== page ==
The Confederate monuments debate invites a broader interdisciplinary conversation about the nature and planning of public commemorative landscapes and, by extension, the identity and soul of a community.
To secure needed votes to pass a vital cap-and-trade bill, Brown made a deal with California's Republican lawmakers that could cost him his legacy infrastructure project—the high-speed train from Los Angeles to San Francisco.
Caling the upcoming vote on AB 398, which has created strange political bedfellows, "the most important vote of your life," Gov. Jerry Brown cast the decision as choosing between "massive new regulations" and market-based mechanisms.
In 1995, planners forecasted that the Millbrae BART Station in San Mateo County, where riders can transfer to/from Caltrain, would attract 16,500 weekday riders. Fourteen years after it opened, ridership is 7,000. Planners were off by 58 percent.
The first report from independent think tank RethinkXL predicts that by 2031, 95 percent of U.S. passenger miles traveled will be served by on-demand, autonomous electric vehicles owned by companies providing transport as a service.
While premature to claim victory, a report from the San Francisco Chronicle suggests that the California Air Resources Board will prevail in a looming showdown with the U.S. EPA over whether to allow the state to set vehicle emission standards.
Voters in Santa Rosa, California rejected a measure that would have retained the rent and eviction control ordinance that the city council had approved lasted August. The referendum was placed on the ballot by the California Apartment Association.
"Manhattanization," a pejorative term coined in San Francisco half a century ago by opponents of tall buildings, needs to be rethought, writes San Francisco Chronicle's Native Son columnist, Carl Nolte, upon return from a weekend trip to New York.
Following a similar ordinance signed into law by Mayor Ed Lee last July that dealt with developments that are 100 percent affordable, the new housing density ordinance apples to market-rate developments that have 30 percent affordability.
The California governor, known for his outspoken climate advocacy, signed the nation's toughest fracking regulation bill in 2013. His response to those who want to ban fracking is that priority must be on reducing oil consumption.
The mayor of San Francisco announced plans to convert an old administrative building, owned by the school district, into housing for teachers. It’s a long-awaited idea that has finally come to fruition.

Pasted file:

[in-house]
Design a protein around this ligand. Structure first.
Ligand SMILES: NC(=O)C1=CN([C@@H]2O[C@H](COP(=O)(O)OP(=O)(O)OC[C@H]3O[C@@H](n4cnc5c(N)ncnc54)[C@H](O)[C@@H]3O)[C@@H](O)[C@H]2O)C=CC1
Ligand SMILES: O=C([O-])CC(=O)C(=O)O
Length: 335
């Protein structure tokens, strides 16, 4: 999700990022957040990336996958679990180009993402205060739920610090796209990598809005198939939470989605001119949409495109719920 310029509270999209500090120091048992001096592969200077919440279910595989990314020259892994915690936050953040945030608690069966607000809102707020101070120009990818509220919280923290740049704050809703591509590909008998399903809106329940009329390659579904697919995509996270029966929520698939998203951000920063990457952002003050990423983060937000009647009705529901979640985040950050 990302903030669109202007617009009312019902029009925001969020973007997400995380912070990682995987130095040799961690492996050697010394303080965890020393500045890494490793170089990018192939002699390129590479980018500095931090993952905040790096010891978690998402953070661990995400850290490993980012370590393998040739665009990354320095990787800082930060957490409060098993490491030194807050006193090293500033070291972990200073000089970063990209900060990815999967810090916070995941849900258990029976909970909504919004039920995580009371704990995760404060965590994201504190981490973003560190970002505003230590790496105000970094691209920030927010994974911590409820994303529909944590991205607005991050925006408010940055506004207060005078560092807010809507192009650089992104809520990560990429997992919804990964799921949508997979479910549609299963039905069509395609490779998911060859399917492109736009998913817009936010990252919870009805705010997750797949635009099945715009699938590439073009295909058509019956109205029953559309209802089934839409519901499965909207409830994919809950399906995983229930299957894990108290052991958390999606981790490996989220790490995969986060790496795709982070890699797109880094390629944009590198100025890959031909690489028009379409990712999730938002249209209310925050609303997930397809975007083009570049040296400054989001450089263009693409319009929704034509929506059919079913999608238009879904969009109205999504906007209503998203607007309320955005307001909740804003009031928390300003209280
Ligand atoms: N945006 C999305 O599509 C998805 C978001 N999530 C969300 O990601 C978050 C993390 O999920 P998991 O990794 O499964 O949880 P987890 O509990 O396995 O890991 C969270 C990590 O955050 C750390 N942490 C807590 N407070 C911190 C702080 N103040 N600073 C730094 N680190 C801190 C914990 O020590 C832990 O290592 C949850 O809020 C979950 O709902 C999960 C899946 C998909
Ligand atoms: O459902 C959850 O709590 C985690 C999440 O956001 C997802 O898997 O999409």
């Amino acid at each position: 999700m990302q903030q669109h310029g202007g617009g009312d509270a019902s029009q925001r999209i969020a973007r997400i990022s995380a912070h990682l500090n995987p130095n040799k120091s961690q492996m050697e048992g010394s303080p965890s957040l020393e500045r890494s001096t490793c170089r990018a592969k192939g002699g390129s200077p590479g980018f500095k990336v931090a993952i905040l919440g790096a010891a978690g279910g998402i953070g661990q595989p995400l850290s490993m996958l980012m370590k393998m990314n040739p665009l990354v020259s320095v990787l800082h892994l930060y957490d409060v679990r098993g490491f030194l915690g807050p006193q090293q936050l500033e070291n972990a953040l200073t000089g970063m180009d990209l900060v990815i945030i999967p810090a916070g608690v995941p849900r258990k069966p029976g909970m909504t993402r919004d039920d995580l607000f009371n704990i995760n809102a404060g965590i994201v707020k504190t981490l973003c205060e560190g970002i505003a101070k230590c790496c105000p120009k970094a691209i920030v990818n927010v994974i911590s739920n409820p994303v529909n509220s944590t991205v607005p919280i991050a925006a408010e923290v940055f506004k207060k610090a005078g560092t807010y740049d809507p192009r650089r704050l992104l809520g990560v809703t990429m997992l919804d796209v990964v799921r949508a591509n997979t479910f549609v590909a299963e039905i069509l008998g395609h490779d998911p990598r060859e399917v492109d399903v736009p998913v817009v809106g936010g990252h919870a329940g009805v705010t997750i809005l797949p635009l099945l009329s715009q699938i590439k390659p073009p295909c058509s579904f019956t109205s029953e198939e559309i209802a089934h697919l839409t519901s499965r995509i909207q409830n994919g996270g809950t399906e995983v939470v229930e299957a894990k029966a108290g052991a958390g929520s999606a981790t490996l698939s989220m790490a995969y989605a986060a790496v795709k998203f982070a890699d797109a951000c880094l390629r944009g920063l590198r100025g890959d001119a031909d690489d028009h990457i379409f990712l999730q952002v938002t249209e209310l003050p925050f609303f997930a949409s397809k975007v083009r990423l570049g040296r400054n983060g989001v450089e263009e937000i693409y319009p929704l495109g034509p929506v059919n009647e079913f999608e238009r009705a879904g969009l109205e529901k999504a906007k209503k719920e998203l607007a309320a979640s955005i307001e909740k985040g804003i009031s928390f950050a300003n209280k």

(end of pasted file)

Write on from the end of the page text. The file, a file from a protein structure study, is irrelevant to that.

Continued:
With the adoption of the "Spare the Air - Cool the Climate" program, the Bay Area's air quality regulatory agency has broadened its mission to make reduction of greenhouse gases a paramount goal, along with protecting public health.
The last time the San Francisco Bay Area got together to set a regional agenda on housing and transportation, the Sierra Club and the Tea Party teamed up to oppose the Plan Bay Area. A draft of the new Plan Bay Area 2040 hopes to avoid the drama.
Architects and planners have to work together, as everyone on both sides of the equation knows. Even though the fields often speak the same language, there still seem to be many moments and ideas lost in translation.
While Congress is attempting to roll back a federal regulation on methane emissions, the California Air Resources Board approved a landmark rule that regulates methane emissions from onshore and offshore oil and gas production and storage facilities.
As it has promised for years, Bay Area Rapid Transit today opens the Warm Springs/South Fremont extension of the regional rail transit system. The first train departs at the station at 5:48 am, and the first train arrives at 7:04 am.
In spite of a host of problems, over 1,000 parcels have been acquired and construction is occurring in nine areas in the Central Valley, centering on Fresno. Limited service from San Francisco to Bakersfield could begin in 2025.